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Found Update results for
'airflow limitation'
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Diagnosis of asthma–COPD overlap: the five commandments 1) A patient with asthma may develop non-fully reversible airflow obstruction but this is not COPD, not even ACO; it is obstructive asthma. 2) A patient with asthma who smokes may also develop non-fully reversible airflow obstruction, which differs from obstructive asthma and from “pure” COPD. This is the most frequent type of patient with ACO. 3) Some patients who smoke and develop COPD may have a genetic Th2 background (even in the absence of a previous history of asthma) and can be identified by high eosinophil counts in peripheral blood.These individuals could be included under the umbrella term of ACO. 4) A patient with COPD and a positive bronchodilator test (>200 mL and >12% FEV1 change) has reversible COPD but is not an asthmatic, or even ACO. 5) A patient with COPD and a very positive bronchodilator test (>400 mL FEV1 change) is more likely to have some features of asthma and could also be classified as ACO.
Severe eosinophilic asthma: a roadmap to consensus Adult-onset asthma patients with a high blood eosinophil count (⩾0.3×109 per L) have been found to have a distinct phenotype of severe asthma with frequent exacerbations and poor prognosis Persistent airflow limitation and distal inflammation with air trapping are common in these patients, as is upper airway pathology such as chronic rhinosinusitis with nasal polyposis .
Practical Recommendations for COPD: Evidence-Based Care The treatment of patients with chronic obstructive pulmonary disease (COPD) depends on symptoms and history of exacerbation. These elements define the treatment strategies within the Global Initiative for Chronic Obstructive Lung Disease (GOLD) Guidelines' ABCD assessment tool • Although not taken into account in the ABCD tool, spirometry remains important for the diagnosis and assessment of airflow limitation. Bronchodilators are first-line treatment, either as a single or dual bronchodilator treatment. • The recently available combination of a long-acting beta agonist (LABA) and a long-acting muscarinic receptor antagonist (LAMA) into a single inhaler has demonstrated improvement in lung function, either in combination or with monotherapy. In the SPARK study evaluating indacaterol/glycopyrrolate vs glycopyrronium and tiotropium (LABA/LAMA vs LAMA alone) for the prevention of exacerbation in patients with COPD, the combination therapy was superior to a single bronchodilator as measured by the reduction of exacerbations. • LABA/LAMA was also shown to be superior in the ILLUMINATE study, which compared the patient-reported outcomes and the transition dyspnea index (TDI) for patients on LABA/LAMA with patients on LABA/ICS (inhaled corticosteroid). Data from multiple studies show that ICS-containing regimens can also effectively reduce exacerbation rates. Data from post-hoc analyses of clinical trials suggest that patients with high levels of blood eosinophils may respond better to ICS therapy, whereas patients with very low levels of eosinophils may not respond. ICS therapy is associated with serious side effects, such as pneumonia. In the WISDOM trial, patients who discontinued ICS experienced approximately 40 mL in forced expiratory volume over 1 second (FEV1), indicating that ICS should be withdrawn very carefully in some patients. As exacerbations are more frequent and often more severe in winter months, it is recommended to not withdraw steroids during that period Current evidence suggests that the combination of LABA/LAMA with ICS into a single inhaler will improve lung function, exacerbations, and symptoms Other treatment options besides triple therapy exist for patients who still experience exacerbations after LABA/LAMA treatment. • Roflumilast may be considered in patients with chronic bronchitis. • The use of long-term macrolides is possible in a particular profile subset of patients who have frequent exacerbations with bronchiectasis, bronchial colonization, and frequent bacterial infections.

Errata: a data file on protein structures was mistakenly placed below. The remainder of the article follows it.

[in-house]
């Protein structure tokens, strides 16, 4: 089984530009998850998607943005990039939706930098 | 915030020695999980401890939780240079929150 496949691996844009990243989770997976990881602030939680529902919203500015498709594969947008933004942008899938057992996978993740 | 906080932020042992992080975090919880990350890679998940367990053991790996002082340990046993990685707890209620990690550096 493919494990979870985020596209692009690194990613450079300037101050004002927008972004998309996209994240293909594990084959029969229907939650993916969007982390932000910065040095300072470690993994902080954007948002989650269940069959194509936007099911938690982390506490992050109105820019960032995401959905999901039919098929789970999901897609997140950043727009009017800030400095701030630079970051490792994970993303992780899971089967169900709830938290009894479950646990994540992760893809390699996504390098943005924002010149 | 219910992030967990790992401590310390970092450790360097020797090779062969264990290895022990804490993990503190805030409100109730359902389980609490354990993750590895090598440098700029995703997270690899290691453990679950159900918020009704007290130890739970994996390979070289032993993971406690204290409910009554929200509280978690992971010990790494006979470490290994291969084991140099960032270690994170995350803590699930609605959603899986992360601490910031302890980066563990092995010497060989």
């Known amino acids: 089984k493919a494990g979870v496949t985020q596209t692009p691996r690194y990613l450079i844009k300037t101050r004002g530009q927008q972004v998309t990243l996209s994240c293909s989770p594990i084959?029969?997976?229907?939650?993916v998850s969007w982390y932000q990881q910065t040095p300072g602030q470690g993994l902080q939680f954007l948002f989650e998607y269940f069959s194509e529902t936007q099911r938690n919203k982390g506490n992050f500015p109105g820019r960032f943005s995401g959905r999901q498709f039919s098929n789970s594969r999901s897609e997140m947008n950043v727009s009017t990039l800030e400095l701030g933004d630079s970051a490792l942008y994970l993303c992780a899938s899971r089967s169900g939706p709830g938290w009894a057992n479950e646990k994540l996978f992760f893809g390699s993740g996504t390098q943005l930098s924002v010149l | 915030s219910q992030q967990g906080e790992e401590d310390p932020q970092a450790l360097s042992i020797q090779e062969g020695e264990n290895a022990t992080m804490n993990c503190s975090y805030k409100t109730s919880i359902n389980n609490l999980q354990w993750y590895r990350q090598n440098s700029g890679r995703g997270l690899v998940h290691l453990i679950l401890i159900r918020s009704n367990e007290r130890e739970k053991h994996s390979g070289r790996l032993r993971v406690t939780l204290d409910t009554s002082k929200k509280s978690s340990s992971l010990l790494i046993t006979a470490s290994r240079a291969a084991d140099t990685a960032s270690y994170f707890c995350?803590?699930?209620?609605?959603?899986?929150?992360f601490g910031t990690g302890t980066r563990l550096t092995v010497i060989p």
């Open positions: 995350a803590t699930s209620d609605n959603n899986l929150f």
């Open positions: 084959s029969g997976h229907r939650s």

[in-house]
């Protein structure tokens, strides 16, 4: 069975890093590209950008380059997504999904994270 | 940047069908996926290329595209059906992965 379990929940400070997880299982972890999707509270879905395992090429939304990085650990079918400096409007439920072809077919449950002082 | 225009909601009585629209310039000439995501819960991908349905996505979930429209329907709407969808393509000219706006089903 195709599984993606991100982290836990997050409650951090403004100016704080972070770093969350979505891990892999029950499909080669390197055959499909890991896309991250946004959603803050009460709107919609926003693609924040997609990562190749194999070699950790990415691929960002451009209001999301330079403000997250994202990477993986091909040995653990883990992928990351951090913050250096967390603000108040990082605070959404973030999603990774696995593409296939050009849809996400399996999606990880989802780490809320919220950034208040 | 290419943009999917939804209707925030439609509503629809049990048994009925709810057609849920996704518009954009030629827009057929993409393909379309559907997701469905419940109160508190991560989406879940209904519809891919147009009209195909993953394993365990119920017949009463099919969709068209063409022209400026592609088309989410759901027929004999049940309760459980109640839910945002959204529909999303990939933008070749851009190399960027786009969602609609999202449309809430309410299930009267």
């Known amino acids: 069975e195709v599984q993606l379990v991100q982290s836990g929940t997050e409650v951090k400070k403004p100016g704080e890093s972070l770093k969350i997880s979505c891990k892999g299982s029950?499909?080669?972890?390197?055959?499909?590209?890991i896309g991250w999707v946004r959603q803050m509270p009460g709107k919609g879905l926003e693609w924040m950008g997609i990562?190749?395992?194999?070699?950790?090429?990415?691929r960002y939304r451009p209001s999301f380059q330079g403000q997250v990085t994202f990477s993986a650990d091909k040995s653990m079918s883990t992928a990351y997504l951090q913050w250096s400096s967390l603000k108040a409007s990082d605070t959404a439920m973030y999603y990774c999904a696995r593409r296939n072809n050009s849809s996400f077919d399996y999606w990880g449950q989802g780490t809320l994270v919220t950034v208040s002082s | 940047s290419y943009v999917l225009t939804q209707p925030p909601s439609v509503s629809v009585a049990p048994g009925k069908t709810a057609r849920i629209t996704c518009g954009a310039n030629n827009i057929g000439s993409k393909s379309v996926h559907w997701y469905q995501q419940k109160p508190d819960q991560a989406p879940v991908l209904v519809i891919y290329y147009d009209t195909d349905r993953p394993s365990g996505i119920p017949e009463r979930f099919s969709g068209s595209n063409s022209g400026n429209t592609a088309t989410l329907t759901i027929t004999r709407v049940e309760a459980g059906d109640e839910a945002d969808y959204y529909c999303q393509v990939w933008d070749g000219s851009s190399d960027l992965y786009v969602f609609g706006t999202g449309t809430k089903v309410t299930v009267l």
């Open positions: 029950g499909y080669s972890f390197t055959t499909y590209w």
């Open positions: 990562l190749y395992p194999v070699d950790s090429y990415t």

Bronchodilator Response in FVC Is Larger and More Relevant Than in FEV1 in Severe Airflow Obstruction
Poverty is a strong predictor of chronic airflow obstruction
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